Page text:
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Respecting Your God-Given Species-Being

I haven't written much about animal rights lately, but Joe Carter prompts an interesting observation. Here's how Richard Mouw, who Carter quotes approvingly, puts a Christian case for opposition to factory farming:

The Bible says that God created every animal 'after its own kind.' Chickens aren't people, but neither are they nothing but hunks of meat. Chickens are chickens, and they deserve to be treated like chickens! This means that we have to give each chicken the space to strut its stuff in front of other chickens. ... [The farmer] sensed an obligation to treat his chickens with dignity-not human dignity, mind you, but chicken dignity.

I found this argument interesting because it sheds light on one of the standard "radical" cases for moral consideration, not just of animals, but of plants and ecosystems too. Both the radical argument and the Christian argument are "perfectionist" moral theories. That is, they assert that each category of beings* has a way of life proper to it, and moral harm consists in interfering with a being's pursuit of its proper way of life (or in some cases failing to aid it in that pursuit). Certainly Christians and radicals would disagree on the basis for those proper ways of life -- Christians would say that they're defined by the Creator's purposes, while radicals derive them from "nature," that is, the normal unimpeded course of development. And Carter certainly draws a far more narrow practical conclusion. But they both pursue the same form of argument, and would probably agree to quite an extent on the content of the proper way of life for most species.

I think both attempts to establish a perfectionist account of moral obligation fail. I simply don't agree with the type of obligation-creating purpose-laden creation that's required in the Christian perfectionist argument. On the other hand, the radical perfectionist argument makes too many questionable assumptions about what counts as normal and non-interference (since the development of any entity is an interaction between its internal propensities and its external environment). Further, all perfectionist theories enact a problematic "lumping," assigning beings a good life based on (debatably arbitrary) category membership.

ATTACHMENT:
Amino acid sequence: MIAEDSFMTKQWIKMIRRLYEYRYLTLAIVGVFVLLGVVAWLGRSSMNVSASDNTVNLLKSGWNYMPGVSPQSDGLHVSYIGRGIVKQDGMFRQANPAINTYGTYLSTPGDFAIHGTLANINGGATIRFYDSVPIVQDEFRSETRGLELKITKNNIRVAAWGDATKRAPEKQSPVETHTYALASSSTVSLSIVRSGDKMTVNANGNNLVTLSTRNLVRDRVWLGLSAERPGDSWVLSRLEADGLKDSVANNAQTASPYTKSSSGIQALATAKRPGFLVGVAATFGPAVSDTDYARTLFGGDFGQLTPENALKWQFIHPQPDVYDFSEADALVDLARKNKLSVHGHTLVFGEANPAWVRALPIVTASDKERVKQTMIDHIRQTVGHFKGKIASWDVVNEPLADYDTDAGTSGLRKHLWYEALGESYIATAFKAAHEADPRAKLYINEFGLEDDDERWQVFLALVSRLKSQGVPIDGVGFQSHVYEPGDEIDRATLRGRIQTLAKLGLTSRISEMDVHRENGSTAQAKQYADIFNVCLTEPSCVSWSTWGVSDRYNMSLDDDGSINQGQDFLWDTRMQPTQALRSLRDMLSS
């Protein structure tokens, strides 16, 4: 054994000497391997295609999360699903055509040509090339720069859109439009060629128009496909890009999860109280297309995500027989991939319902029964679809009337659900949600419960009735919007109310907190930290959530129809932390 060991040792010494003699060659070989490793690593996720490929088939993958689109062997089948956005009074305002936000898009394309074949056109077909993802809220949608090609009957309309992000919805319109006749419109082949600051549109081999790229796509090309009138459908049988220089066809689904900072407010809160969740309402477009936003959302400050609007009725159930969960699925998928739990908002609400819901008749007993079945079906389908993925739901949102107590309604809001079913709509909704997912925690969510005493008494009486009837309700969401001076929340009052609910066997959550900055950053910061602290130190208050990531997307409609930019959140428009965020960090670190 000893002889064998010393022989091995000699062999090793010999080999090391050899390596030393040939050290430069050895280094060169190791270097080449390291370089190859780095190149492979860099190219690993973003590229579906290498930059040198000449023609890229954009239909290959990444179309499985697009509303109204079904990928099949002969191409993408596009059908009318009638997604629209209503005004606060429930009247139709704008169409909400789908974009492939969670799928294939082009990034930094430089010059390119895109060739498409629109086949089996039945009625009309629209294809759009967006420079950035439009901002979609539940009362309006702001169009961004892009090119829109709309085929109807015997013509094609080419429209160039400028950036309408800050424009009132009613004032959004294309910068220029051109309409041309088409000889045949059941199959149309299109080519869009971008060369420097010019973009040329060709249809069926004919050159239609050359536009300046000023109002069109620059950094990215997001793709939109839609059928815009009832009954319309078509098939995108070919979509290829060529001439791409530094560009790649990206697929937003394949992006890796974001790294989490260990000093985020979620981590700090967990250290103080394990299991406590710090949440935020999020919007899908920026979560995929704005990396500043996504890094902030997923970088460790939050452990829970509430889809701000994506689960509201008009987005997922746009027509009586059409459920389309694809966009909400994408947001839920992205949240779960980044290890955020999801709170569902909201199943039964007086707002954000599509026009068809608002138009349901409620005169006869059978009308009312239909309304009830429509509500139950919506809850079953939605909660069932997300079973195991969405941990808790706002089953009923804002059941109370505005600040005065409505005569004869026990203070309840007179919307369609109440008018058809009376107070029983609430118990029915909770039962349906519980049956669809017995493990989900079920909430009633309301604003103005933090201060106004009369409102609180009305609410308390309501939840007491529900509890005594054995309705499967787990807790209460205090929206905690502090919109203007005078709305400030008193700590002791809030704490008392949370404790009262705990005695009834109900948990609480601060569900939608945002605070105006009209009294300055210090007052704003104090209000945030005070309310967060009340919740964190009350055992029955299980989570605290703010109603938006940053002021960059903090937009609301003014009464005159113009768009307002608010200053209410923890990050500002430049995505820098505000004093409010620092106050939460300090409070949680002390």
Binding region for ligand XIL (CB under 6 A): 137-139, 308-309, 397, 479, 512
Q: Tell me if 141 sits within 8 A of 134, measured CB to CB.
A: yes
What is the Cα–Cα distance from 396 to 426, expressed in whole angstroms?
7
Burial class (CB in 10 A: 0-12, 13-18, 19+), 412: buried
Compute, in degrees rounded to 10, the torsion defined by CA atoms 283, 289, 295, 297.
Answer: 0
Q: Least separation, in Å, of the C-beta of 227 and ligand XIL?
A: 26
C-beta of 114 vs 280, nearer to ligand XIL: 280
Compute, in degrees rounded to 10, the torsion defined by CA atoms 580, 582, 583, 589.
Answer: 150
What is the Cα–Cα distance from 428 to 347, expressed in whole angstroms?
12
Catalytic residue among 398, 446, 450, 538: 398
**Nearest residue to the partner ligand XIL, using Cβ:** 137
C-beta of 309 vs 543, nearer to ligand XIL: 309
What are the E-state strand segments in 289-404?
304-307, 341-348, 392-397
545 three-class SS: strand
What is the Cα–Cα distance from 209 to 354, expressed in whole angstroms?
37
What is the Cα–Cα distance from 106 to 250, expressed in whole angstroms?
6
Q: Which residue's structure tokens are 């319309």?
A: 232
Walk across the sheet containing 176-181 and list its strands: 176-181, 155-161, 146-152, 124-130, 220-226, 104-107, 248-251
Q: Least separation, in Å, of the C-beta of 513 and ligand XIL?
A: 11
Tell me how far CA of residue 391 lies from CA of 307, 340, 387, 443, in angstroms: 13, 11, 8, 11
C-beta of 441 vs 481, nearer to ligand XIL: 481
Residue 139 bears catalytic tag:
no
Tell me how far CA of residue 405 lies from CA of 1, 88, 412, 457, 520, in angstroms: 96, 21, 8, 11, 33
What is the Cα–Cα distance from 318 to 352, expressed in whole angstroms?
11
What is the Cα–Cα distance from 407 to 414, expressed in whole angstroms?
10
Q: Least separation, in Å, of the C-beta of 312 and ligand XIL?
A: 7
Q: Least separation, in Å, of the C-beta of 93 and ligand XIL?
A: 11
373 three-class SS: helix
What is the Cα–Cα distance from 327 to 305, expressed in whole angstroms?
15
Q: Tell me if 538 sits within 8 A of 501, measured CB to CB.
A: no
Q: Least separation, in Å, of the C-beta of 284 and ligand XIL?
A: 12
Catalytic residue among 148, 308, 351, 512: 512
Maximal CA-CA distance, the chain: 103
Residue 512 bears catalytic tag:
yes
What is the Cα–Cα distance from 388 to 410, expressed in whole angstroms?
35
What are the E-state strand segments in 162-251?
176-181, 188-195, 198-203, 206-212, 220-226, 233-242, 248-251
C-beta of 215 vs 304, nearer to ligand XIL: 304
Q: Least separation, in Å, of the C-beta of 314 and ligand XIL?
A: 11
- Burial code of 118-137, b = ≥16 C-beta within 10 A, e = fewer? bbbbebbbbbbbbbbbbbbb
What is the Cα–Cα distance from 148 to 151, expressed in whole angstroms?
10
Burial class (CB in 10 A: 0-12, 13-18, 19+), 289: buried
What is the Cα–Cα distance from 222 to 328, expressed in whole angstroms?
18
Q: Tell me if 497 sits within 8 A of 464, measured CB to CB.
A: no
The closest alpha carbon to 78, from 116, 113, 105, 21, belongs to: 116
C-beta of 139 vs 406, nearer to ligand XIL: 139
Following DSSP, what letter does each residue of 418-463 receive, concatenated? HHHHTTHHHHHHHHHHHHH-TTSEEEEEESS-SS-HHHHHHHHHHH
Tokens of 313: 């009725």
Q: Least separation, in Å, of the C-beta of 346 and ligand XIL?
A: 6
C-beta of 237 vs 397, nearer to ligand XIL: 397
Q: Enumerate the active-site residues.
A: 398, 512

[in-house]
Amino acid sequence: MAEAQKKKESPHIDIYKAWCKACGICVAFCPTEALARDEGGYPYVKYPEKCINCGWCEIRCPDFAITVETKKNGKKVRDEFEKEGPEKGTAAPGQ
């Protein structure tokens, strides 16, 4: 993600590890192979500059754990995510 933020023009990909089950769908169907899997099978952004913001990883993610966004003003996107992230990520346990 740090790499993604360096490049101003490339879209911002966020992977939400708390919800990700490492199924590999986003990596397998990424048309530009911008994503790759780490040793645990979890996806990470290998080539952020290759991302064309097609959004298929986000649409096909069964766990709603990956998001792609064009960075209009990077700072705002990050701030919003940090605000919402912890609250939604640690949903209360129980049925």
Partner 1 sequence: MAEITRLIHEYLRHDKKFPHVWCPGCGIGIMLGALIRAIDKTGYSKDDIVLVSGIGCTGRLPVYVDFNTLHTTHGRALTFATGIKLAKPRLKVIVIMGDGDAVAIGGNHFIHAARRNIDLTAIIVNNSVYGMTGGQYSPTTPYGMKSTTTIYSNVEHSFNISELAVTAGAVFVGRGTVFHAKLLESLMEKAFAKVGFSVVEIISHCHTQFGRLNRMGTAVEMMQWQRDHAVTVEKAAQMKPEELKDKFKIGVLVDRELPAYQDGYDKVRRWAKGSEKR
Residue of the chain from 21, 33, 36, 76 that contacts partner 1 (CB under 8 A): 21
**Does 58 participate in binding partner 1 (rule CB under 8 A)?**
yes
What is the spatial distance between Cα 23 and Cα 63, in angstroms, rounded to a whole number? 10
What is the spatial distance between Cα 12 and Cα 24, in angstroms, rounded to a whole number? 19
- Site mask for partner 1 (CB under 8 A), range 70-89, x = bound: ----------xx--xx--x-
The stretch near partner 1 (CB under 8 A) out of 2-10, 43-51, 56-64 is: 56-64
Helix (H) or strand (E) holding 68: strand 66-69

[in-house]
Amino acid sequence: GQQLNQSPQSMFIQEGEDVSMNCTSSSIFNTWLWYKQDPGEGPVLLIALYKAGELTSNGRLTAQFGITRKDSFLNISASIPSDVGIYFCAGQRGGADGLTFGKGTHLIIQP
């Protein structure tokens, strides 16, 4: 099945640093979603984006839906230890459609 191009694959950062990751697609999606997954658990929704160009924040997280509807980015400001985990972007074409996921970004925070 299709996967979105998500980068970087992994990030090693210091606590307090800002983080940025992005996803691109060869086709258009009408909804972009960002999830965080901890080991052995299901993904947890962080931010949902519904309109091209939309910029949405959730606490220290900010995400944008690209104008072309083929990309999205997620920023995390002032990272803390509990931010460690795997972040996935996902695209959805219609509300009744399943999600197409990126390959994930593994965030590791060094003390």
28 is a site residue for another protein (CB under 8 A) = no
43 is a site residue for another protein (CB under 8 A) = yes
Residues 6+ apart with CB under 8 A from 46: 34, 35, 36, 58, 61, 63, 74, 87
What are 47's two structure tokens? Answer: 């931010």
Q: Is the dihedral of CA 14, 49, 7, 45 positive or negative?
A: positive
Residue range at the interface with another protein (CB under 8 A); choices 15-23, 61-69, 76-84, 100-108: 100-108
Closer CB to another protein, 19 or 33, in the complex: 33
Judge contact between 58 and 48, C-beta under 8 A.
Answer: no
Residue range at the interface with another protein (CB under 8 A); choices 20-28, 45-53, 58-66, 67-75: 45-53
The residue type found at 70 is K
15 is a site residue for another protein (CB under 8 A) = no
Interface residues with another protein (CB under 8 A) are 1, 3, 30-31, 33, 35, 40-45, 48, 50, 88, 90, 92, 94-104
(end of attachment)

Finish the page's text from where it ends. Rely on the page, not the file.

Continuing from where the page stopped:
The alternative to a perfectionist theory of consideration for animals would be a "liberal" one. Liberal theories focus on the self-determination of individual entities, either directly promoting it (e.g. utilitarianism) or defining and defending certain procedural prerequisites (e.g. rights-based and Kantian theories). To a liberal, the problem with Mouw's chickens is not that they can't do the kinds of things that chickens are supposed to do, but rather that they can't do the kinds of things that those particular chickens would want to do.

Note that perfectionist theories are likely to be more expansive in the number of beings they extend moral consideration to -- after all, the definitions of a God- or nature-based good life would seem to extend to anything that was created by God or exists in nature, whereas liberal theories end wherever the capacity for that theory's relevant type of self-determination ends. However, this doesn't mean that perfectionist theories are necessarily more radical in their practical implications -- for example, it's much easier to imagine that eating an animal could be consistent with its proper form of existence than to imagine it's compatible with respecting its self-determination.

(Carter would seem to confuse the issue by going on to talk about how he's in favor of animal welfare rather than animal rights -- implying a utilitarian basis for his concern. But with respect to the animal issue, welfare vs rights is actually a code for how radical your policy conclusions are, with the dividing line typically drawn at willingness to endorse vegetarianism.)

*Generally the species is taken to be the morally relevant level of categorization, though Christians often further divide each species, particularly humans, by gender.


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